A new survey of nearly 7,000 people in the U.S. found that the number of people with Crohn, ulcerative colitis and ulcer cancer had all risen.
The study, published Thursday in the journal JAMA Internal Medicine, analyzed data from the Centers for Disease Control and Prevention’s National Health Interview Survey.
Researchers looked at people who had been diagnosed with at least one of the conditions in a previous year, as well as people who were diagnosed in the past year but not yet in remission.
Researchers also looked at how the people’s diet and health changed over time.
They found that in the previous five years, there was an overall increase in the number and type of people who developed Crohn disease, ulcers and ulcers, ulercolics and Crohn-related colitis.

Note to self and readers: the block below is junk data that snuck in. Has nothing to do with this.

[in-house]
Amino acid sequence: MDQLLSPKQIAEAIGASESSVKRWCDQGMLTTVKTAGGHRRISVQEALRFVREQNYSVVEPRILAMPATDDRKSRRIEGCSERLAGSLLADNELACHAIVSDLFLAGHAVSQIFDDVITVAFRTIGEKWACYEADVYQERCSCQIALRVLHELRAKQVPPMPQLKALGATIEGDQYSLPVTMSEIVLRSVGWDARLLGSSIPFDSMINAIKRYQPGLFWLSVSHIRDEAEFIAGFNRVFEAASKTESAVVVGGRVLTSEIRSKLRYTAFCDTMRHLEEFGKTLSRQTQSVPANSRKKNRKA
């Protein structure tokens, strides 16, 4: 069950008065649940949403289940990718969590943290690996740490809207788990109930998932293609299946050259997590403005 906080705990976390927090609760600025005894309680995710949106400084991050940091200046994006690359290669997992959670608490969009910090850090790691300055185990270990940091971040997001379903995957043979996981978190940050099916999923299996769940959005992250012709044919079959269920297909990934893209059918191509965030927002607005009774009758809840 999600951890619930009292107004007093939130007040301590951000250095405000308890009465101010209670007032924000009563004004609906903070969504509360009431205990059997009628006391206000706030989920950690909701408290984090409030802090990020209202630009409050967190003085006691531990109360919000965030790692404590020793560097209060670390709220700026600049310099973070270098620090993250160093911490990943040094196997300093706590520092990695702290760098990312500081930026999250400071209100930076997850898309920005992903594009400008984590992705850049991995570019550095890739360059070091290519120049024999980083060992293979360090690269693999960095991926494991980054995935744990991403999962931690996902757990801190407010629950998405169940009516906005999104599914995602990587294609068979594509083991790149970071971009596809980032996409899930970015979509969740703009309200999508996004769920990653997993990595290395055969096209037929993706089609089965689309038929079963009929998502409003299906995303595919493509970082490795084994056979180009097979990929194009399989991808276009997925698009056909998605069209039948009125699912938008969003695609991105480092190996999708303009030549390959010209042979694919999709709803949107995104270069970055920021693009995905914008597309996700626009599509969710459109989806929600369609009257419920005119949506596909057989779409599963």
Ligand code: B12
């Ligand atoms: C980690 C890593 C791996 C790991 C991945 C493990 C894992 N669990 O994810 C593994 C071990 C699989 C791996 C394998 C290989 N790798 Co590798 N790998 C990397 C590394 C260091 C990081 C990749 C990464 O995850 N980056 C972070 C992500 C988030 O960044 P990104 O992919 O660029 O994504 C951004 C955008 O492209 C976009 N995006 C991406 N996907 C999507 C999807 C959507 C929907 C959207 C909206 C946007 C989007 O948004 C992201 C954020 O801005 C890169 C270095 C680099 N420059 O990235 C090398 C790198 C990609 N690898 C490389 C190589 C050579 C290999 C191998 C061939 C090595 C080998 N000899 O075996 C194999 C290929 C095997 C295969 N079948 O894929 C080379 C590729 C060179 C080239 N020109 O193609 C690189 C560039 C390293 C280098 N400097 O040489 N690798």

The rate of Crohn and ulercoriasis increased from 15.1% to 17.1%.
The rate of ulcers increased from 9.6% to 10.5%.
Researchers also found that Crohn was on the increase in people who smoked cigarettes.
Those who smoked at least 10 cigarettes a day were twice as likely to have Crohn than people who didn’t smoke.
The CDC said that the rise in the Crohns and ulricias and ulterior colitis was the result of several factors, including the availability of antibiotics and the rising number of patients treated in the emergency room.